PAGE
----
Last October, on Election Day, Montenegro’s authorities claimed to have thwarted a coup and a terrorist act against Montenegrin independence and its “lifelong” leader Milo Djukanovic. Western media reported that Russia was behind the whole thing. History may help to understand more about this strange “coup”, so let’s take a look at the last 27 years of Montenegro’s history and its “monarch” Milo Djukanovic.
He has been in power for 27 years and was listed the 20th richest world leader by the British newspaper The Independent, in spite of being the leader of a country that has the total population of a medium-sized town. His pragmatism is best shown by his political evolution. He started as a young Communist, he then played the Serbian nationalist card and had close ties with the Serbian leader Slobodan Milosevic, supporting Montenegro staying in the Federal Republic of Yugoslavia, a dual federation between Montenegro and Serbia. However he ended up turning his back to the Milosevic regime and started to take the country to the path to full independence, which was accomplished with a referendum in 2006. Switching political alliancies and an authoritarian style of government are common features of many Eastern European strongmen after the fall of the Iron Curtain, especially in the Balkans, but none of the them survived so many changes and for so long.
At one point, it looked like Djukanovic had retired from politics, but after a criminal court from Italian port city of Bari accused him of being involved in the lucrative business cigarette smuggling in the 1990s, he returned to the position of Prime Minister. Charges were later dropped. He switched between the roles of Prime Minister and President numerous times. After the election in 2016, his party won, once more, but he did not take any government role; there is speculation that he will run again for the Presidency in 2017. In Montenegro, however, power seems to be attached to the man, not a political position, as it can be argued it has been the case with Vladimir Putin in Russia.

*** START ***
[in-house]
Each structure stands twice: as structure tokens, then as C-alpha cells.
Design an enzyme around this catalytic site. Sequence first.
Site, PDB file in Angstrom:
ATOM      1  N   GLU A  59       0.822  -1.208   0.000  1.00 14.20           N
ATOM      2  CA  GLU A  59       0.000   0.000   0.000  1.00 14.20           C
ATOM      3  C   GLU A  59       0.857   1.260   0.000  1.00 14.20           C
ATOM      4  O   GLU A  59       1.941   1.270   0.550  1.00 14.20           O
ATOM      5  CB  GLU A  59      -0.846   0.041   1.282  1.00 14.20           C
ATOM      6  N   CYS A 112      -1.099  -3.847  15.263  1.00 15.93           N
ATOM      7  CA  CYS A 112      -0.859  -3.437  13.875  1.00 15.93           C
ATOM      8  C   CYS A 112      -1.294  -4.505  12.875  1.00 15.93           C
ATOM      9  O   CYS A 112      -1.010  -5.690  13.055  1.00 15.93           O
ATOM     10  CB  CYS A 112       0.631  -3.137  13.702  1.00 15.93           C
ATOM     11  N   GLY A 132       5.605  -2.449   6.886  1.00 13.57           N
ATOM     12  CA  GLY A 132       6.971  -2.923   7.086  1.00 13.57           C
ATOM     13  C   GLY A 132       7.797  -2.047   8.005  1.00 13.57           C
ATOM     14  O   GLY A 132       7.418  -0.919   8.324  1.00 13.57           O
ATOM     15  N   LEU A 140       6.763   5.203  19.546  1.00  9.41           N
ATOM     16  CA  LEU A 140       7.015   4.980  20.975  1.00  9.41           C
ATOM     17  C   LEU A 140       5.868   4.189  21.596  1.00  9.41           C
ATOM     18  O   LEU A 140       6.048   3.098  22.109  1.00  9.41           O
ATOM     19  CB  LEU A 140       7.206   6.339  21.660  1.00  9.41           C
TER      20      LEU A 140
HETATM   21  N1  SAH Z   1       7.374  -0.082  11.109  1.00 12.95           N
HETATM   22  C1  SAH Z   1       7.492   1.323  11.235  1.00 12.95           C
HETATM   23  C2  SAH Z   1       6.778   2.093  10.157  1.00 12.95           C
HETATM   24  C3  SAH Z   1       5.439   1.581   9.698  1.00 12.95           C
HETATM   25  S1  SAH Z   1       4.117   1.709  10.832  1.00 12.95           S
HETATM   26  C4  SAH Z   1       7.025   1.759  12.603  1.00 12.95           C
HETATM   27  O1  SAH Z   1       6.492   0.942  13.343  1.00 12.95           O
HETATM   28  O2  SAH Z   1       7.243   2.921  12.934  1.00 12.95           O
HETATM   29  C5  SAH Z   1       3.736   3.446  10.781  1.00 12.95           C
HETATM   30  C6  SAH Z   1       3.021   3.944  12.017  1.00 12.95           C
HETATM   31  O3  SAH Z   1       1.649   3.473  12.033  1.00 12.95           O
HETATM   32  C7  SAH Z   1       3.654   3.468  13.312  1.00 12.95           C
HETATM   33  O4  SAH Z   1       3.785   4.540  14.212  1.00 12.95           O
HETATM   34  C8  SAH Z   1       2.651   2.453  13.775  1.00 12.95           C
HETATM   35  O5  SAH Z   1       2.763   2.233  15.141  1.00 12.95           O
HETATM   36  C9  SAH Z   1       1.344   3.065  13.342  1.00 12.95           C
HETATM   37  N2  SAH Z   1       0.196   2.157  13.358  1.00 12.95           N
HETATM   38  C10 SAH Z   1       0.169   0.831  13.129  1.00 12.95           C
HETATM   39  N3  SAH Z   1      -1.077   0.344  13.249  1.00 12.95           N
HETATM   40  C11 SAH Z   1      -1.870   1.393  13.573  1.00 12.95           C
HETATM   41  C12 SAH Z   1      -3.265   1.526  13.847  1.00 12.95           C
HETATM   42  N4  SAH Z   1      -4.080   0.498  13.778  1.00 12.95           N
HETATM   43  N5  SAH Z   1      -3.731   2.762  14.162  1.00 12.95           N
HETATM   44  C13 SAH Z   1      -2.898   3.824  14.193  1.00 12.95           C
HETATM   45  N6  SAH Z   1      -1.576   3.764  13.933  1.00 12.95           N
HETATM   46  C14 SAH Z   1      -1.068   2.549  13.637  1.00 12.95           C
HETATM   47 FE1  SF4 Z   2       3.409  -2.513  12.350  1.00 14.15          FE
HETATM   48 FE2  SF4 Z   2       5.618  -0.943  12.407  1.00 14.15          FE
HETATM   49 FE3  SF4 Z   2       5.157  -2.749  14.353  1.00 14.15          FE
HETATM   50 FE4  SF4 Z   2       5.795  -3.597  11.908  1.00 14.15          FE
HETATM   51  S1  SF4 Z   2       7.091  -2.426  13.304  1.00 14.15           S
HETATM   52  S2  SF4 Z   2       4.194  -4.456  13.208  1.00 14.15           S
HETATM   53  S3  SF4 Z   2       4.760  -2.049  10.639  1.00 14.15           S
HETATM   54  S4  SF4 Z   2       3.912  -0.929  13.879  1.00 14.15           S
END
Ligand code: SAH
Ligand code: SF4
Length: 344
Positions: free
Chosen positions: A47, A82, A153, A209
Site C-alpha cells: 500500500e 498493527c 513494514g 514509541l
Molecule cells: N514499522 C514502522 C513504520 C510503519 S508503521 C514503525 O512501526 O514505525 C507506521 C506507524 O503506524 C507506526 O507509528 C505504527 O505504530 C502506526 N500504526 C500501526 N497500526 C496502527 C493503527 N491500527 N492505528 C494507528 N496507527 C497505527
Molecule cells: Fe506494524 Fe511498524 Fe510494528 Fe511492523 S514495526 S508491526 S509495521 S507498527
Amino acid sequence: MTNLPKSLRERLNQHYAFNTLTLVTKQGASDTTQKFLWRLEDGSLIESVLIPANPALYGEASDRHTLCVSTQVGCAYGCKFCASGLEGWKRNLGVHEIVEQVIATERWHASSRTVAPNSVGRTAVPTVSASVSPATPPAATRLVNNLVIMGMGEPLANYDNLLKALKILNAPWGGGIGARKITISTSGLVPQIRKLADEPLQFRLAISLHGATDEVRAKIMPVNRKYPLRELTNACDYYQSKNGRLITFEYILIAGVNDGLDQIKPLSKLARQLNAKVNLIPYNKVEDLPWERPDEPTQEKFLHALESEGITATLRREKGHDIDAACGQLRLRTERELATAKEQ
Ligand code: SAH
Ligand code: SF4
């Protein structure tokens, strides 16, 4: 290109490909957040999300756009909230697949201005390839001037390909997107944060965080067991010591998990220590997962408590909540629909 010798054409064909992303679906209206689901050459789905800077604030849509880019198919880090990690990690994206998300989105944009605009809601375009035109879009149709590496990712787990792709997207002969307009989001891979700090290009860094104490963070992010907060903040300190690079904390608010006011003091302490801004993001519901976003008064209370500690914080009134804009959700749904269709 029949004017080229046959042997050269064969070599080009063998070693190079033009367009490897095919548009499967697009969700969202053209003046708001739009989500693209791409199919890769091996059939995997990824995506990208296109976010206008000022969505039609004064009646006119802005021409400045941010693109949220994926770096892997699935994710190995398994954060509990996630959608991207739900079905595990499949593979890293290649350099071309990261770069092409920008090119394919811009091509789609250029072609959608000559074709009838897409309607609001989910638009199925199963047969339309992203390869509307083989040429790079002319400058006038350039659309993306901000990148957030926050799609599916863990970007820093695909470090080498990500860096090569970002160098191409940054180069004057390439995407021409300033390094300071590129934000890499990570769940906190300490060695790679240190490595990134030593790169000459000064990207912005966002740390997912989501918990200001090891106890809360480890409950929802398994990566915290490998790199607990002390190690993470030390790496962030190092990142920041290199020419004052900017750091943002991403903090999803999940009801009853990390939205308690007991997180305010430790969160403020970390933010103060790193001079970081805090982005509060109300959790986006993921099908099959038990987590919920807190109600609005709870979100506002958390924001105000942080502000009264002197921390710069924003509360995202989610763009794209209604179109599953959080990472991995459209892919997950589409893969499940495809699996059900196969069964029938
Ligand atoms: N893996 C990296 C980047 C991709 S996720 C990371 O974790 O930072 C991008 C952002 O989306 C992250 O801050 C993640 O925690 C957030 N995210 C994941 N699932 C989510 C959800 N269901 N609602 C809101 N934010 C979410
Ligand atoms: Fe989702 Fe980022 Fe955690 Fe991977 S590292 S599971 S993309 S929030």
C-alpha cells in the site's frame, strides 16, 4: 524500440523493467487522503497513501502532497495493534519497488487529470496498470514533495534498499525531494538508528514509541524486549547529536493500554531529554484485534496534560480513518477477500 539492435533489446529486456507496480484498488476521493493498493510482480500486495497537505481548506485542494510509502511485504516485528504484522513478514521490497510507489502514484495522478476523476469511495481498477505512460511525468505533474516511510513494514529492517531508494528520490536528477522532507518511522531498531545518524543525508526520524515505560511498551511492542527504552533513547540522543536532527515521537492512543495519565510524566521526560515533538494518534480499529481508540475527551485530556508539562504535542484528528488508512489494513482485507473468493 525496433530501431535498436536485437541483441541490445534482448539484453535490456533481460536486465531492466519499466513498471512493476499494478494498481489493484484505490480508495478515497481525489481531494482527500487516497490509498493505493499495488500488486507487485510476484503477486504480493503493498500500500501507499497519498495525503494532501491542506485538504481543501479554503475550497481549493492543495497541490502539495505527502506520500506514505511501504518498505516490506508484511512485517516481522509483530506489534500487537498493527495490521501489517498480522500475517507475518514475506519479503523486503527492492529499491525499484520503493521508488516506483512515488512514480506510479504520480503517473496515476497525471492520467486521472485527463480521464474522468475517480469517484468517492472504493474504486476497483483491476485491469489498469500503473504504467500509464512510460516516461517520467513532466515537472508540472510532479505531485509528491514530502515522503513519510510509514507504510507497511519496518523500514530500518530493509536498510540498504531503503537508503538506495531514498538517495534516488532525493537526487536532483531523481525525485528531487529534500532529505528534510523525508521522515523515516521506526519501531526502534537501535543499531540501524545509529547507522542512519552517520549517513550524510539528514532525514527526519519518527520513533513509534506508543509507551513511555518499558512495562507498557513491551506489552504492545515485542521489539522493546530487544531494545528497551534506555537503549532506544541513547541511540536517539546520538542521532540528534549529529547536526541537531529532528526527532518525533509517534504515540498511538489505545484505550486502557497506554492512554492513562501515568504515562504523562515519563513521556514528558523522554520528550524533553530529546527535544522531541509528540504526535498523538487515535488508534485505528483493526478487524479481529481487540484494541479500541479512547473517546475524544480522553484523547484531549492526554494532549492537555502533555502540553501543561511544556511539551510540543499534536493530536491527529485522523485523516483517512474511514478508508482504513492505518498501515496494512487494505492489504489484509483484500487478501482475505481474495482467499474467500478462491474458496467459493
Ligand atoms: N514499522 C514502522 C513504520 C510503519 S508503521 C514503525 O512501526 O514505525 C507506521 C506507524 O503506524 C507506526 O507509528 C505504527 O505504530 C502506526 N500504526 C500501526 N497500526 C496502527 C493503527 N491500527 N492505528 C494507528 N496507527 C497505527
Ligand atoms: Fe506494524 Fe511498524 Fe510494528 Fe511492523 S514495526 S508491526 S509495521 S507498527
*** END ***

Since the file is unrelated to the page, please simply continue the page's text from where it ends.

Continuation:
The alleged coup happened on election day last October. These election were important because for first time the opposition had some real change of coming out victorious, even though the practices of fixing elections through buying votes or political pressure are widespread in the country. This year, for reasons which remain unclear, the popular apps Viber and Whatsapp were downed on Election Day. There had been numerous protests against Djukanovic’s rule and his party Democratic Party of Socialists (DPS) throughout the whole of 2016. The opposition was against Montenegro’s joining NATO, after the application to the join the Atlantic Alliance was finally accepted in May. Montenegro too suffered from the NATO bombing campaign in 1999, so there are still fresh wounds: the country’s Parliament ratified the agreement to join the pact last summer nonetheless.
Montenegro’s official authorities claim to have prevented a violent coup aimed at Prime Minister Djukanovic, in order to forcibly remove him from power, even kill him, orchestrated by Russian and Serbian nationalists. Charges were made, followed by some arrests. Western media seemed to allege that coup was backed by some very powerful elements in the Russian government, although the Montenegro’s authorities in charge of the investigation refused to point the finger directly at Russia.
Montenegro and Russia have had close relationship for centuries, but now this special relationship seemed to be endangered by Djukanovic, whose government joined the EU and the United States in imposing sanctions on Russia and its decision to join NATO. Arguably the sanctions affected more the Montenegrin economy then the could harm the Russian finances. Russian tycoons are said to command a large share of the luxurious properties in the coastal region of Montenegro.
A few days after the plot was thwarted, the leader of the coup, Aleksandar Sindjelic, accepted to cooperate with the investigation. He listed numerous names of those involved in its organized, and other charges were made following his testimony. Footage from the arrest shows Mr. Sindjelic being escorted by the police, but strangely without handcuffs. Mr. Sindjelic spend three weeks in a special detention facility but has meanwhile been released as a “protected witness”. Another man, Mirko Velimirović, who also stood accused of terrorism as one of the leaders of the coup, was released on parole, after reaching an agreement with the local Special Prosecution Office. It seems unusual, to say the least, for two men who have been accused of plotting terrorist acts against the highest levels of the government to find themselves out of prison only a few weeks later. Whether or not this “coup” was in reality a piece of theater staged by the Montenegrin intelligence services for the all too credulous European and American audiences, the result remains the same: Milo Djukanovic’s grip on power in Montenegro is as firm as ever.